# Recursive formula, eigenvalue problem

A sequence $$\{X_i \}_{i \geq 0}$$ is defined recursive by $$X_{n+1} = 3 X_{n} - 2X_{n-1}, \qquad n \geq1.$$

and $$X_0 = \begin{pmatrix} 1 & 0 \newline 1 & 1 \end{pmatrix},X_1 = \begin{pmatrix} 1 & 1 \newline 1 & 1 \end{pmatrix}.$$ Find an explicit formula for $$X_n$$.

My attempt;

We can write $$= \begin{pmatrix} X_{n+1} \newline X_{n} \end{pmatrix} = \begin{pmatrix} 3 & -2 \newline 1 & 0 \end{pmatrix} \begin{pmatrix} X_{n} \newline X_{n-1} \end{pmatrix}$$ for $$n \geq 1.$$ Diagonalizing the matrix yields

$$\begin{pmatrix} X_{n+1} \newline X_{n} \end{pmatrix} = \begin{pmatrix} 2 & 1 \newline 1 & 1 \end{pmatrix} \begin{pmatrix} 2^n & 0 \newline 0 & 1 \end{pmatrix} \begin{pmatrix} 1 & -1 \newline -1 & 2 \end{pmatrix} \begin{pmatrix} X_{n} \newline X_{n-1} \end{pmatrix}$$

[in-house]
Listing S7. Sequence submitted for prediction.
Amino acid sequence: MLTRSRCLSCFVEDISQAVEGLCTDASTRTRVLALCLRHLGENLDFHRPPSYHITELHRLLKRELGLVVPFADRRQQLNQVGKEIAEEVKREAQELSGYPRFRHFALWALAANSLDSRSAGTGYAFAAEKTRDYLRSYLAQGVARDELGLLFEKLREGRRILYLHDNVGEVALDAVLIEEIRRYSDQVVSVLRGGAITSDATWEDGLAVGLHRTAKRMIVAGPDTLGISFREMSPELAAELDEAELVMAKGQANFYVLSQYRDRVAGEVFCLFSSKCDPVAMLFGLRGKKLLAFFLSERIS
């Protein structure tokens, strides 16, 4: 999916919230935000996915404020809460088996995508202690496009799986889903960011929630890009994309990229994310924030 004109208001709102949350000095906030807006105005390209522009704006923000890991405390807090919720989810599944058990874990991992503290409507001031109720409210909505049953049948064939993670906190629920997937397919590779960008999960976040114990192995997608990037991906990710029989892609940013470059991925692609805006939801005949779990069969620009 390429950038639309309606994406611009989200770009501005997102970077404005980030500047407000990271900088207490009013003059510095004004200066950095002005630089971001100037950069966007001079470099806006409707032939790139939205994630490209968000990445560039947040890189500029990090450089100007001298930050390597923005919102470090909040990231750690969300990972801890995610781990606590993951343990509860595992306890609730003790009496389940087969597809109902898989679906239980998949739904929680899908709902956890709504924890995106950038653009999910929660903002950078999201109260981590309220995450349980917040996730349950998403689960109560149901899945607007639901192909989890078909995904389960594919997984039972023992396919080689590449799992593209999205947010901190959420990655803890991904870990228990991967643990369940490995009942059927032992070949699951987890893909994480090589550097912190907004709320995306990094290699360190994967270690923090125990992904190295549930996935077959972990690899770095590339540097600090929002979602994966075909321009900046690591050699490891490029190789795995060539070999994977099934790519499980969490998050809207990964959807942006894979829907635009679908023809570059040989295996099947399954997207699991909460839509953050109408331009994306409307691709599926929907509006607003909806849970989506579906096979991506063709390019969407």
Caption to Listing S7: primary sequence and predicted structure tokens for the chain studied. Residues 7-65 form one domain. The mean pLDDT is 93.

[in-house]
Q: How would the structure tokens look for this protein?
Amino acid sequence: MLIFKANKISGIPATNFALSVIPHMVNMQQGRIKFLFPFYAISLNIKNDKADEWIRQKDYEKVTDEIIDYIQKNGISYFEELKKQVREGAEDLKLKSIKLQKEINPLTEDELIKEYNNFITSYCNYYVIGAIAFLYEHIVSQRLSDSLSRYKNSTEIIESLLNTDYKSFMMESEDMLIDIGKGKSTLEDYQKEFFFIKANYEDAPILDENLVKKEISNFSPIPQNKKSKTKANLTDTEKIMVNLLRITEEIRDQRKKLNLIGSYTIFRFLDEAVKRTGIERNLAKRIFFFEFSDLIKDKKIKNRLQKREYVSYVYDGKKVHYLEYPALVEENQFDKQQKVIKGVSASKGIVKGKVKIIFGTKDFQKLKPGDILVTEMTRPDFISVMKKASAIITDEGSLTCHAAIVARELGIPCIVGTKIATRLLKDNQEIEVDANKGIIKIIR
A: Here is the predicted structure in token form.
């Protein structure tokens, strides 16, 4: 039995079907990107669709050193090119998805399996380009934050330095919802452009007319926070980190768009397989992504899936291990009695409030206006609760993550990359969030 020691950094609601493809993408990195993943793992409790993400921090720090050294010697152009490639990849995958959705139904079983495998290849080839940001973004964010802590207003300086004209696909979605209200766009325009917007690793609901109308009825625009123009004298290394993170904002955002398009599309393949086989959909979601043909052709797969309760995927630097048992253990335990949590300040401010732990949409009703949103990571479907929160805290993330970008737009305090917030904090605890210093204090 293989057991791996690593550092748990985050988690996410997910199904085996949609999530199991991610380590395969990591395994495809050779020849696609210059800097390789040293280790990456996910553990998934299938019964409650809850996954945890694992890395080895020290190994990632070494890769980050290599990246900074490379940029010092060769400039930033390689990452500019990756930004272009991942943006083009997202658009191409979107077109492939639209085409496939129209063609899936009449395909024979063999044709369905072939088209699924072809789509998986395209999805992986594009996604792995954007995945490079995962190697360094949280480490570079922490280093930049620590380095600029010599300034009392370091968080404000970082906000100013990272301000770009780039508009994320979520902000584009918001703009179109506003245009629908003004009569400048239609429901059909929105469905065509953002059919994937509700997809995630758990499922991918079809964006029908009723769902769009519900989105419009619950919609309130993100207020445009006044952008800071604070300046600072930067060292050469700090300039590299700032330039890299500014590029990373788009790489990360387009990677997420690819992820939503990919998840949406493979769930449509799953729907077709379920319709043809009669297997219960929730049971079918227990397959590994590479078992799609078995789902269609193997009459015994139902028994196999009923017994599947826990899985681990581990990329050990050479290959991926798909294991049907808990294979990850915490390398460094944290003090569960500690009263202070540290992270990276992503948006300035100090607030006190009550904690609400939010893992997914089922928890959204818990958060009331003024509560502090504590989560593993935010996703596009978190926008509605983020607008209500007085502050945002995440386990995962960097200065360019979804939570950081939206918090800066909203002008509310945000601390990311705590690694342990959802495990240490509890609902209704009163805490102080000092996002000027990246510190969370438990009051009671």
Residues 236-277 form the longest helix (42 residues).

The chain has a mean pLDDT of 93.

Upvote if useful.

This is and old exam; now the answer concludes that $$X_n$$ can be written as $$X_n = A + 2^n B$$, for some matrices A and B, which can be found by plugging in $$X_1$$ and $$X_0.$$ My question is how did he draw this conclusion, is it only from the eigenvalues? How would one approach questions on this form if the matrix couldnt be diagonalized?

We may prove the claim $$X_n = A + 2^n B$$ by induction. The inductive step is easy: for $$n\geq 1$$, $$X_{n+1} = 3 X_{n} - 2X_{n-1}=3(A + 2^n B)-2(A + 2^{n-1} B)=A + 2^{n+1} B.$$ It remains to find $$A$$ and $$B$$ by considering the cases $$n=0$$ and $$n=1$$: $$\begin{cases} X_0=A + B\\ X_1=A + 2 B \end{cases}\implies \begin{cases} B=X_1-X_0\\ A=X_0-B=2X_0-X_1 \end{cases}.$$
• Where does $(A + 2^n B)$ come from and why not $2X_{n-1} = 2(A+2^{n-1} B)?$ Apr 8, 2020 at 18:53
• As regards the first question. For a linear recursion $X_{n+1}=a X_{n} +bX_{n-1}$ the roots of the polynomial $z^2-az-b=0$ play an important role. In your case the roots are $1$ and $2$. See en.wikipedia.org/wiki/… Apr 8, 2020 at 18:58
Note that $$X_{n+1}-2 X_n = X_n - 2 X_{n-1} = \Delta = X_1 - 2 X_0$$.
Hence $$X_{n+1} = 2 X_n + \Delta$$.
The general solution is $$X_n = 2^n X_0 + \sum_{k=0}^{n-1} 2^{n-k-1} \Delta = 2^n X_0+(2^{n}-1)\Delta = 2^n(X_1-X_0)-X_1+2X_0$$.